i could totally do that


a couple of things on my mind the very busy morning of this very busy day. mostly, tackling my to do list is to my advantage today because if i’m successful, that will free me up to face the very fun task of birthday celebrating tomorrow… if not, then i’ll be forced to cave and do something i have always refused to do on that sacred day – work. ick!


if you were following along on twitter last night, you may have read mention of the plans constance and i had to check out a little seminar for making vision boards. all day, i as super stoked about the event. we even made a special trip to ikea to scout frames for our as yet unfinished (unstarted!) motivational masterpieces.

i know it seems hokey to some, but i totally believe in that kind of thing. i know all the principles of the law of attraction and i (try to) abide them. as you can probably tell sometimes, i’ve always tended to that line of thinking and have been exposed to a lot of new agey-type peeps in my life.

we started the class by talking about loa and expanded to using images and words and everything else to manifest the life you really want to live. pretty straight-forward stuff. i wasn’t there to learn, to be honest, i was just there to get the job done. put another way: i knew that attending would make me sit down and actually act instead of just thinking about it. (in theory, i needed to make a vision board for making my real vision board.)

at some point during the two hour session, my friend looked at me and said what i had been denying myself to think for the duration:

you could totally teach this

i knew that. and it kind of made me wonder why i’m not.

it’s by no means a criticism of the teacher. she was nice and sweet and presented the process without a hitch. there was this one thing, however, that just stuck in my craw. we talked a lot about the process and the belief behind it and we also talked about how sometimes when you go after things and don’t succeed, you need to take a different angle and try again. this led to the conscious practice of learning from our mistakes/frustrations/setbacks. she mentioned her vision board and how she’d thought about bringing it, but then decided not to because, for her, it just isn’t something she is comfortable sharing with everyone. i totally get that – until, that is, she expanded by saying “because if i show you what i wanted to do and then totally fail, people are going to think (mumbles about botched credibility…) huh? if we learn from every challenge and we either adapt our desired outcome or we take a different approach, how does a word like failure even exist? as far as i’m concerned, it shouldn’t. not in any of our vocabularies and certainly not in hers while presenting.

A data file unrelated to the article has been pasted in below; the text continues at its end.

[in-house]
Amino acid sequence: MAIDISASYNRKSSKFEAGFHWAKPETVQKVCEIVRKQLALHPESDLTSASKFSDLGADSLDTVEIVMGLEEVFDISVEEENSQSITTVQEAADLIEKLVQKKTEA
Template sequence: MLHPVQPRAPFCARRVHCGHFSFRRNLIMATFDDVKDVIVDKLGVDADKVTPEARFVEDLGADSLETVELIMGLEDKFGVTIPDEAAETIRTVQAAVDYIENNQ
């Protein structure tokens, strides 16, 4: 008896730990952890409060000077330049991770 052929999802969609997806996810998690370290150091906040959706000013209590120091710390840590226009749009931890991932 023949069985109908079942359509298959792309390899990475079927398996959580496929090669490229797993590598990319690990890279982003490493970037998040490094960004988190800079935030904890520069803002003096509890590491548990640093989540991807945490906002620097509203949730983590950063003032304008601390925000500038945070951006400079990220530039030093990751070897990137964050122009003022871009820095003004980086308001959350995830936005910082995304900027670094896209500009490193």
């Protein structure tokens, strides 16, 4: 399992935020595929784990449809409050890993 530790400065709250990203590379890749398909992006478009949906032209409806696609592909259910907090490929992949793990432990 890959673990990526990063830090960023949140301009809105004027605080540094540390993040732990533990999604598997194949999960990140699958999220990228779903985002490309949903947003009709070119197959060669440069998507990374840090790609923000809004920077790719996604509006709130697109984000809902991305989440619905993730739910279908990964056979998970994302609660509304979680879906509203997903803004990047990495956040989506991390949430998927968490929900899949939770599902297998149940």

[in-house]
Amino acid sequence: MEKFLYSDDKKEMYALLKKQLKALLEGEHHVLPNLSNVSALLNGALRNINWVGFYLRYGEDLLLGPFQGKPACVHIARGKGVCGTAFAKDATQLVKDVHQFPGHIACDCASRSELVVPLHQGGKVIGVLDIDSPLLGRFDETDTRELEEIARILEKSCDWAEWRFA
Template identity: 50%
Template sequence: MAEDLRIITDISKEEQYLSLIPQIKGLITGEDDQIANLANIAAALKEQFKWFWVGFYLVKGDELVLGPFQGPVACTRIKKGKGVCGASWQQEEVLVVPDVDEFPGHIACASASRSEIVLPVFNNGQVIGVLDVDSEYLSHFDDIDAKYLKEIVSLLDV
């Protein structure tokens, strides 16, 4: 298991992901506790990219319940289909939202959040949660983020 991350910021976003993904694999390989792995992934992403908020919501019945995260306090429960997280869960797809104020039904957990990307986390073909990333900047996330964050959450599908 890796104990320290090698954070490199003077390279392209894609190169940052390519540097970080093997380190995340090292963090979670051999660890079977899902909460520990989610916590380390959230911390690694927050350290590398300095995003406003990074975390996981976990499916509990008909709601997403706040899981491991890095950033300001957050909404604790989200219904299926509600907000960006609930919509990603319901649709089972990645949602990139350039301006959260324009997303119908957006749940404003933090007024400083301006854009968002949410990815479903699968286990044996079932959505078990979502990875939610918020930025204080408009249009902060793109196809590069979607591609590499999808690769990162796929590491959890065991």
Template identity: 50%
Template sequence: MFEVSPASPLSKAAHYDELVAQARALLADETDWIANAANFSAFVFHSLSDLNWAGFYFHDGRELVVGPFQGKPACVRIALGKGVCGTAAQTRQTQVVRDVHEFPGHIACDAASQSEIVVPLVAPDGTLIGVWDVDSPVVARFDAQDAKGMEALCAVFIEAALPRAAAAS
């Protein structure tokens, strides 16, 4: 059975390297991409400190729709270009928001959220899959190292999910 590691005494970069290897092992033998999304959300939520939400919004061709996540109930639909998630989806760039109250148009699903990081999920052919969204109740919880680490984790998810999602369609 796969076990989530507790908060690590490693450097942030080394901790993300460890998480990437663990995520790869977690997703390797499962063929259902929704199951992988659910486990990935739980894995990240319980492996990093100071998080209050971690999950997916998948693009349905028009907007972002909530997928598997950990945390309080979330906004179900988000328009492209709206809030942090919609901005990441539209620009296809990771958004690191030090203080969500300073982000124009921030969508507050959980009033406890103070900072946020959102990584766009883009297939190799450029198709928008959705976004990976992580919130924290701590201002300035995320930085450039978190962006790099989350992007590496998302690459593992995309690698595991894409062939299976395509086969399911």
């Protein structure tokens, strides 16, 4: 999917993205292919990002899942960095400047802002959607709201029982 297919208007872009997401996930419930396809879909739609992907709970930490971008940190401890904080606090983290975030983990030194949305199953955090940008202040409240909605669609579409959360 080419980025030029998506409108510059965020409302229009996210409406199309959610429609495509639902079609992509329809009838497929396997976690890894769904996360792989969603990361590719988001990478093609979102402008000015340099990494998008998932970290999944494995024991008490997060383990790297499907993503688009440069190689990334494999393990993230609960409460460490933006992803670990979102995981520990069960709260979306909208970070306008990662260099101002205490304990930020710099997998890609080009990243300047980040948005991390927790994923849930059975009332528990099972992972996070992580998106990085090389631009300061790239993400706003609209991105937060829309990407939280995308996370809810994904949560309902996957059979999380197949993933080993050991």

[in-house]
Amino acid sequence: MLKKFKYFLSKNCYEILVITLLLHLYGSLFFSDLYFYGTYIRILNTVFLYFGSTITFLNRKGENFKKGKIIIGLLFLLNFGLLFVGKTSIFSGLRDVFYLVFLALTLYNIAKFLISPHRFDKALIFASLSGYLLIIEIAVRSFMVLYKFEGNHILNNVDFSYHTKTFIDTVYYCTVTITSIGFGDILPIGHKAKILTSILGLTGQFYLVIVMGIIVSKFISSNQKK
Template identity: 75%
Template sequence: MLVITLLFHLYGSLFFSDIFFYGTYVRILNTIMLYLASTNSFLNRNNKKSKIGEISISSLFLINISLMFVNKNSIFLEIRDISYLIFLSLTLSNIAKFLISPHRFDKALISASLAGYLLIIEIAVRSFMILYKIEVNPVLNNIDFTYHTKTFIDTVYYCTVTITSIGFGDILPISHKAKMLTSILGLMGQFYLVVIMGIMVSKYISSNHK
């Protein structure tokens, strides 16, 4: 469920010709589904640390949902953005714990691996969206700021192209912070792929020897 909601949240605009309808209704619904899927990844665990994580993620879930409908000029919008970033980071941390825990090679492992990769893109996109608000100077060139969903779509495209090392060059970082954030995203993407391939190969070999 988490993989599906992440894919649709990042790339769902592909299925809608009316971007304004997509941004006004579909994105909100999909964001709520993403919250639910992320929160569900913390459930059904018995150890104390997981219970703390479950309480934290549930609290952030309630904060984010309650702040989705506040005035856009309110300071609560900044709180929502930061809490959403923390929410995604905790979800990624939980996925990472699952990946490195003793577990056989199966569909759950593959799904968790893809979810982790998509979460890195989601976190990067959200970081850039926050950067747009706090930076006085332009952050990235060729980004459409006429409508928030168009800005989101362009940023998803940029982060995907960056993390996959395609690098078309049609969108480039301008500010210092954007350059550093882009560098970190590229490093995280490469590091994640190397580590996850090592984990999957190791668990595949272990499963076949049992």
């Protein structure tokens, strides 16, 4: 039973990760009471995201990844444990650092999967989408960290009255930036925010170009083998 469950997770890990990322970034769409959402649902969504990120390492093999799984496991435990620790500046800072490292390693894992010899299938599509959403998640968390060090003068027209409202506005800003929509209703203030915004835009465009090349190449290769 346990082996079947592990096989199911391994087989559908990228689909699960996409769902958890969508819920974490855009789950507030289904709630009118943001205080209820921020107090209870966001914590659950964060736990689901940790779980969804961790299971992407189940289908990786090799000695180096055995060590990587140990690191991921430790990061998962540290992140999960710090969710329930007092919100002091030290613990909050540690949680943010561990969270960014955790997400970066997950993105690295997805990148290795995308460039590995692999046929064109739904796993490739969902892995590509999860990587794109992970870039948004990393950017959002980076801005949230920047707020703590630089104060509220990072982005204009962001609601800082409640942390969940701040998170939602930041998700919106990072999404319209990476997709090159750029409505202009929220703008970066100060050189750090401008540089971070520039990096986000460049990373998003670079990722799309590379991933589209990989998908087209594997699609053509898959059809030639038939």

i feel a little guilty about airing that criticism, but i just found it so counterproductive. we were able to carry on and keep moving toward our end goal, but we did share a knowing look and a rehash after we left.

and, me, i’m on the fence about whether i will share my vision board when it’s done. i’m focusing on 2012 in its entirely and on the one little word i’ve chosen for it, but the piece is still in its infant stages of creation. i have a little way to go until its completion. hopefully, that can happen before the ball drops on sunday.

grady has mastered the law of attraction: she envisioned a life of relaxation and food aplenty and now she lives it!


4 responses »

  1. I always believed that I would love to be a teacher, and would be very good at it, but I’m rather fond of not being poor, so….

    I’m always amused at how we cover up failure. A far more interesting resumé to me would be the one that listed all the failures encountered and how the person overcame them (or learned from them), vs. simply listing all the successes.

    It’s one of the items I’m trying to teach my son in spades — failure is ok, as long as you try, and keep trying. He already has exhibited my own tendency to value perfection only and anything else is bunk.

    And this comment is going to trail off as I have lost any sort of conclusion to it….

    • Funny, Nathan. I never ever ever thought I would be a good teacher, but have learned from my most recent project that I enjoy it vastly more than I suspected I would.

      Re: failure. I think we’re saying the same thing. (Are we?)

      • It’s always been my retirement dream to sit beneath an old oak tree, philosophy students gathered around me, while I bend and twist their minds into pretzels with logic and then smile while I watch them try to untangle themselves. It doesn’t look like I’ll ever get to that point, but it’s a nice vision.

        Yes, we’re saying the same thing on failure, I think, I’m just acknowledging it.

  2. I too have thought about teaching from time to time. (get out your laughs now kids)…but seriously, when I’m explaining to someone how to do something, I’m quite good. I’ve been on the other end (the learning side) and I know how to deliver.

    I just don’t think I have the patience for everyone… and for that.. I don’t think I could sustain that practice for very long.

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